Homeowners who read their insurance policy often come away more confused than when they began. As such, many are unaware of the coverage it provides. Yes, it covers fire damage. No, it won’t pay to repair moldy drywall due to the leaky sink that you’ve procrastinated getting fixed for the last decade. Though these examples seem obvious, policy coverages differ. What you believe to be covered may not be, and vice versa. On top of that, a policy from one insurance carrier will differ from another. Let’s decode what a typical homeowners insurance policy provides.
Property and Liability
Homeowners insurance primarily provides two coverages: property and personal liability. Property coverage protects the physical structure and contents of the home and other buildings on your property, such as barns, sheds, and outbuildings. Personal liability provides protection should you hurt other people or damage their property. We will provide examples to clarify, but first a question:
Who is Covered?
You? Your spouse? Great aunt Mildred visiting at Christmas? There is no need to guess as each homeowners insurance policy defines who it protects. A typical policy automatically covers you and your spouse, if living in the same household. It also protects relatives living with you as well as people under 21 in the care of those just mentioned. Those covered under the policy enjoy the protections it provides.
Most policies extend to cover a full-time college student under the age of 26 as well. However, if this situation is a concern for you, clarify with your insurance agent as this coverage is not guaranteed.
Property coverage protects the home itself, outbuildings, and personal belongings.
A homeowners insurance policy pays to repair or rebuild the structure of the home if it is damaged or destroyed. Most policies also cover detached structures, such as a garage or tool shed. However, the coverage for these structures is usually limited to only 10 percent of the coverage on the house. Thus, if you insure your home for $200,000, only $20,000 protects your detached garage and barn. If that amount is not sufficient, contact your insurance agent to increase protection.
Furniture, clothes, electronics, sports equipment, collectibles, and other personal items are covered by a homeowners insurance policy. The protection is typically limited to 50 to 70 percent of the insurance on the house. This is a common area where underinsurance is an issue. Personal belongings tend to grow over time and you may be surprised at their value when a loss occurs. A good way to determine appropriate coverage is to create an inventory. List and add up the cost to replace items.
Exclusions and Limitations
The following are covered on most homeowners insurance policies, but with a sublimit that may prove inadequate. Again, ask your insurance agent to ensure you have appropriate protection.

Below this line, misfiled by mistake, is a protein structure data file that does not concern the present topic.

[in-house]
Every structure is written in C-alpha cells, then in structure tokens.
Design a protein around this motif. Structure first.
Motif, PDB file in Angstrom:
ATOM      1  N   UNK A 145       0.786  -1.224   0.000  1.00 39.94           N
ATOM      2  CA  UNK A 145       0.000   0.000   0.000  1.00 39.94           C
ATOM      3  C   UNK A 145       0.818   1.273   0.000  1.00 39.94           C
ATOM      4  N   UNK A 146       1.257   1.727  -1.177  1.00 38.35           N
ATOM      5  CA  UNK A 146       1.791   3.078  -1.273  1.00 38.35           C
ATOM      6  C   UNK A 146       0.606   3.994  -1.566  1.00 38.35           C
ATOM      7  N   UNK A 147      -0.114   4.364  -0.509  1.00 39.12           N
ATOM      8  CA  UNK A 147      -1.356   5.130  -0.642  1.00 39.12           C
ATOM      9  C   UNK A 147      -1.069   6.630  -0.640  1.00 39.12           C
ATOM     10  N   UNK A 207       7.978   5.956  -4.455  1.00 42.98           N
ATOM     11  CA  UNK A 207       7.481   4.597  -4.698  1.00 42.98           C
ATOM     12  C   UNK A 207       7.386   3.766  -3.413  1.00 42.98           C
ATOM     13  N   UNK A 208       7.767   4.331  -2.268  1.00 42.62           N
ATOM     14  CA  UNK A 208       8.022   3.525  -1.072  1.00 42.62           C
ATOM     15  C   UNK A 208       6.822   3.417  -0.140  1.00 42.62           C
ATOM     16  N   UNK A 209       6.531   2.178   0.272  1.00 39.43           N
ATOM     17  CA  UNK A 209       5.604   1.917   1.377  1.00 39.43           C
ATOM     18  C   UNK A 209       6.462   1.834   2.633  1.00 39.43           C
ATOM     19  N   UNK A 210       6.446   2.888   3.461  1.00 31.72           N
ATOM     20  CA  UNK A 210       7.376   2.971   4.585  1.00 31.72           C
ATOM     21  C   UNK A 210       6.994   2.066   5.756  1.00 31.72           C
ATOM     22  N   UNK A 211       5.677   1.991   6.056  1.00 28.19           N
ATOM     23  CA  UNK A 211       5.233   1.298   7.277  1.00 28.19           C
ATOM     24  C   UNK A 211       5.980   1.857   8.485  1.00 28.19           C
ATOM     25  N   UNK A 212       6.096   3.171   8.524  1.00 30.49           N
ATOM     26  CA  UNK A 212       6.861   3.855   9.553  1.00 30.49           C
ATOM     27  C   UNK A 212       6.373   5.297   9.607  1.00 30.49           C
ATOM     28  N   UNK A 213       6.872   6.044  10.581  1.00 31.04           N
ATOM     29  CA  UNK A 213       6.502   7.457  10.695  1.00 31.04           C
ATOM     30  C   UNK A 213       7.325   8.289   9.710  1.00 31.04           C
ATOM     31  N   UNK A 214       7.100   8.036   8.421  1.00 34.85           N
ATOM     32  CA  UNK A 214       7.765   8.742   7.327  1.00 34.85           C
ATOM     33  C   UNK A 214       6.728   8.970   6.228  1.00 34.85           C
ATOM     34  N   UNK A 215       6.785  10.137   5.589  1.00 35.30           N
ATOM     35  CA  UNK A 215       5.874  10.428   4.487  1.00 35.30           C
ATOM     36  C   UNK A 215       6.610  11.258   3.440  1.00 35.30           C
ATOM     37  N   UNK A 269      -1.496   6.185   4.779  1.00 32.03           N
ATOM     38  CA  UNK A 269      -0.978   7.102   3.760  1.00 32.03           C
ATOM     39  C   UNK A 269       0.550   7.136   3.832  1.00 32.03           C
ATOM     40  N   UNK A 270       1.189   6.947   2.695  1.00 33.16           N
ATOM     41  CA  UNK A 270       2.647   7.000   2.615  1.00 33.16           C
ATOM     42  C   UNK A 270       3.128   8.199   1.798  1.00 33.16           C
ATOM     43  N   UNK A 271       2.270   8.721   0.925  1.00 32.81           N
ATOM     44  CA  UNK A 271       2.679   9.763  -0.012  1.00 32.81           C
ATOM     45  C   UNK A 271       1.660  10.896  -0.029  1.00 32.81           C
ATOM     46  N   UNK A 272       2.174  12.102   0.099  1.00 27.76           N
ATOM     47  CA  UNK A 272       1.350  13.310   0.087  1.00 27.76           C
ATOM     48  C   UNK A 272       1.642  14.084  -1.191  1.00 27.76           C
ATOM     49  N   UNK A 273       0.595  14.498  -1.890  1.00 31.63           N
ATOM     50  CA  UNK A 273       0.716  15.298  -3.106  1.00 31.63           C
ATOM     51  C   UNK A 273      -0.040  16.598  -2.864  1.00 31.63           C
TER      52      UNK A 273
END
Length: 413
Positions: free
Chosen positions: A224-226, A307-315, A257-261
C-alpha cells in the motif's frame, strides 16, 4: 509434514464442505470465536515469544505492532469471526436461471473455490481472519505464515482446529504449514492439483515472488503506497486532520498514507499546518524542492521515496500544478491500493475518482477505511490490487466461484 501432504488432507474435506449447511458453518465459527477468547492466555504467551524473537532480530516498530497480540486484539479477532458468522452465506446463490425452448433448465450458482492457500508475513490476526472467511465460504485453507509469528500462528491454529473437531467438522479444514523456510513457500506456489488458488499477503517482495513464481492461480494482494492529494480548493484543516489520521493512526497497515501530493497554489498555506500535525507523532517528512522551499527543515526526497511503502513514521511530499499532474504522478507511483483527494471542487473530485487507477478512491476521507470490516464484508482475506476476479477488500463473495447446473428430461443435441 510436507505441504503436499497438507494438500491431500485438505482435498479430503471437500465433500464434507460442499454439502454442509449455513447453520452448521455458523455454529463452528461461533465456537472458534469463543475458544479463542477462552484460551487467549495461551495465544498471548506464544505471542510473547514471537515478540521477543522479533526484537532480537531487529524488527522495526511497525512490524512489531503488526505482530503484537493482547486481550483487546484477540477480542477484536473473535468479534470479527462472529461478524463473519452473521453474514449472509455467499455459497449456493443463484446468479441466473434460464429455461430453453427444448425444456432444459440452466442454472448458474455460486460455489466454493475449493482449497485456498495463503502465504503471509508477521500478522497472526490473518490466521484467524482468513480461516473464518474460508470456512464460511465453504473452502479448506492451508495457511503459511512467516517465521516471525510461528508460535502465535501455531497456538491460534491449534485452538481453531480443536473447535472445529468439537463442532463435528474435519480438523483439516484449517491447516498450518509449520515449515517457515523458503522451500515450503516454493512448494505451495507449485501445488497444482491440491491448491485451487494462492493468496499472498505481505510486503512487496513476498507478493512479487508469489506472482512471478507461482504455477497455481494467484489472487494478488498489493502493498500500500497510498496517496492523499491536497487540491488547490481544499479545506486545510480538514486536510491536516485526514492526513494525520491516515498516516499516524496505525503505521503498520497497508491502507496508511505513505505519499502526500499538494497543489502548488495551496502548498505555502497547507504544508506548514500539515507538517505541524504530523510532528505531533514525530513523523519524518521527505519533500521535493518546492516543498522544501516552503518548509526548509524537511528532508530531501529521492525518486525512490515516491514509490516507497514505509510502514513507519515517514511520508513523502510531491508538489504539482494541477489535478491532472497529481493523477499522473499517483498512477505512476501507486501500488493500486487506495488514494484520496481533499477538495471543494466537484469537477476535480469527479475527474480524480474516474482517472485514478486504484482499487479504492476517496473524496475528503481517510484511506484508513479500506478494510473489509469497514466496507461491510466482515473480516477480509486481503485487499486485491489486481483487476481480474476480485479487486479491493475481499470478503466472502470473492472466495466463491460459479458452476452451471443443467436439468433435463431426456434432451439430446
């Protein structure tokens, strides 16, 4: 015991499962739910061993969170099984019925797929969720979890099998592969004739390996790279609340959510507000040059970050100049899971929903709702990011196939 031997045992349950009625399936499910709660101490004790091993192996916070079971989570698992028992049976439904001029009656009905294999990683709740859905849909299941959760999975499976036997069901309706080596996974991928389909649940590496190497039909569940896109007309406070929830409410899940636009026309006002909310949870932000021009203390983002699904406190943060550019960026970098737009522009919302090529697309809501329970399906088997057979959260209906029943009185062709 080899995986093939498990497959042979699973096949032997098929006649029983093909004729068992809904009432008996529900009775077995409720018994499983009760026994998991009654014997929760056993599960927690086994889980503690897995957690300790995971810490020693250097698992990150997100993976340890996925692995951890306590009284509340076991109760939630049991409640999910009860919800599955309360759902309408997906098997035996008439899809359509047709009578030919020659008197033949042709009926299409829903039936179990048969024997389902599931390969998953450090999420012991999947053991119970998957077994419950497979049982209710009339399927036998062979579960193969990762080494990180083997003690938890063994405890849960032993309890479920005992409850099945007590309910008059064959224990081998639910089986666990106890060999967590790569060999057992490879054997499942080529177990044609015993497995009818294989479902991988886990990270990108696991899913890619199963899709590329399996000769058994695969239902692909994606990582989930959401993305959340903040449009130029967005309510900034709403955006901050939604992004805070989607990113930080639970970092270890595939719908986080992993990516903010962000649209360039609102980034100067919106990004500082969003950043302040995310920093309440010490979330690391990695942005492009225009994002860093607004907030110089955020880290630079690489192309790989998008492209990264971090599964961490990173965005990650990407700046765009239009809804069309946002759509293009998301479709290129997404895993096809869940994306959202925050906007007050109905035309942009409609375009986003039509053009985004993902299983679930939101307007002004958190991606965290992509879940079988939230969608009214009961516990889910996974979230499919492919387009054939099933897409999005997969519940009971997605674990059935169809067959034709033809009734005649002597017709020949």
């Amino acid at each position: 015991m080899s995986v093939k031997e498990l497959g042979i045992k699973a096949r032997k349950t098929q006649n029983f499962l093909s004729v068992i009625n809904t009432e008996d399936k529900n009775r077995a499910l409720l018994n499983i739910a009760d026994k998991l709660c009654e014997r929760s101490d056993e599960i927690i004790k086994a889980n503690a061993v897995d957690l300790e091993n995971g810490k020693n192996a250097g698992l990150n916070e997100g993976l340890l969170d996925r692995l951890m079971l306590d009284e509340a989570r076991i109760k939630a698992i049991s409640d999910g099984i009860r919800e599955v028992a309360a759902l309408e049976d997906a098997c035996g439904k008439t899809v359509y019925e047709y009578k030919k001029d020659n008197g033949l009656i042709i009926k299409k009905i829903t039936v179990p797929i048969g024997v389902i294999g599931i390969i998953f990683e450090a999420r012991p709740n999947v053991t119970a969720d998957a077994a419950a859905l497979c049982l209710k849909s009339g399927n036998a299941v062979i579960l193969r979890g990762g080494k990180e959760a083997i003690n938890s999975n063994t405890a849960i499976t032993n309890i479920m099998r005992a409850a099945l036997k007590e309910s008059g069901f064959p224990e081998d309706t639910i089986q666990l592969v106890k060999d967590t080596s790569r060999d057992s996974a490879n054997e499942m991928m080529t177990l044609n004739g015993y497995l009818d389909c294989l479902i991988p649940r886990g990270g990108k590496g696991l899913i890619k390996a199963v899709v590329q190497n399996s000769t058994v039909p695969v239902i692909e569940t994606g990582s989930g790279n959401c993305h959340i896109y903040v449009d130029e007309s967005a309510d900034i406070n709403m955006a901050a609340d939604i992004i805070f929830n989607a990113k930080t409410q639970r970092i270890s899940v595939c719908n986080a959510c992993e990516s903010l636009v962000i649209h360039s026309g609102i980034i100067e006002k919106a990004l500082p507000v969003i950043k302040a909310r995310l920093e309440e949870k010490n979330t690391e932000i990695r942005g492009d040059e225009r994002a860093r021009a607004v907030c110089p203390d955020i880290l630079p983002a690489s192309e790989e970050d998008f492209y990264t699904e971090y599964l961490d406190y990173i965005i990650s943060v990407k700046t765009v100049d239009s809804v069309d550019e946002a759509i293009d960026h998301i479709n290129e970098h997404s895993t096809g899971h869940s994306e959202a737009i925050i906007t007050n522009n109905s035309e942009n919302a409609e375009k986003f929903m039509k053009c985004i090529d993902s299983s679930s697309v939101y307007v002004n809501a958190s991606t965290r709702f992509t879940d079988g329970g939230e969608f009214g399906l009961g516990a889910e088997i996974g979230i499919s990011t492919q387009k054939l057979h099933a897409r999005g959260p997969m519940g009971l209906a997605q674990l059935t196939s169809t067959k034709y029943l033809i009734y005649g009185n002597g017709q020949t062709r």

- Items stored off-premises
- Fine arts
- Wine collections
- Furs and fine clothing
- China and crystal
- Books and manuscripts
- Musical instruments
- Miscellaneous collections
Your homeowners insurance policy defines the perils against which it protects. Standard perils include:
- Fire and smoke
- Windstorm, including hurricane
- Weight of ice, snow, or sleet
- Water damage
Note that flood and earthquake are not covered. Some policies may be expanded to cover these perils, or separate policies may be necessary.
Personal liability is the least understood homeowners insurance coverage. Though claims for personal liability are rare, they can be extremely costly. This protection covers liability associated with accidentally hurting someone or damaging their property. Possibly the best way to illustrate this valuable coverage is through claims examples:
Your daughter volunteers to help a classmate complete a physics lab after school. Late that night, the lab burns down. Fire inspectors determine the cause was a solder iron left plugged in. The school’s insurance company sues you to collect damages due to your daughter’s involvement.
While hosting the yearly neighborhood Christmas party, a guest falls from your deck and sues for injuries, alleging the railing gave way and caused the fall.
Friends come to visit your home and the kids enjoy a few hours on the trampoline (or in the swimming pool, or in the weight room, or just about anywhere). One of them jumps off and breaks a leg and three ribs. A lawsuit arises, alleging the trampoline’s safety features were not installed properly and that no operating instructions were provided.
That’s Not All…
Homeowners insurance policies provide many other protections. For more information, visit Home Insurance or Contact your Bankers Insurance agent with questions. They will help determine your risks and advise regarding how to cover them. Not a client of ours? Let us compete for your business! Each of our clients is assigned a personal insurance agent and provided their email address as well as a phone number that rings right on their desk.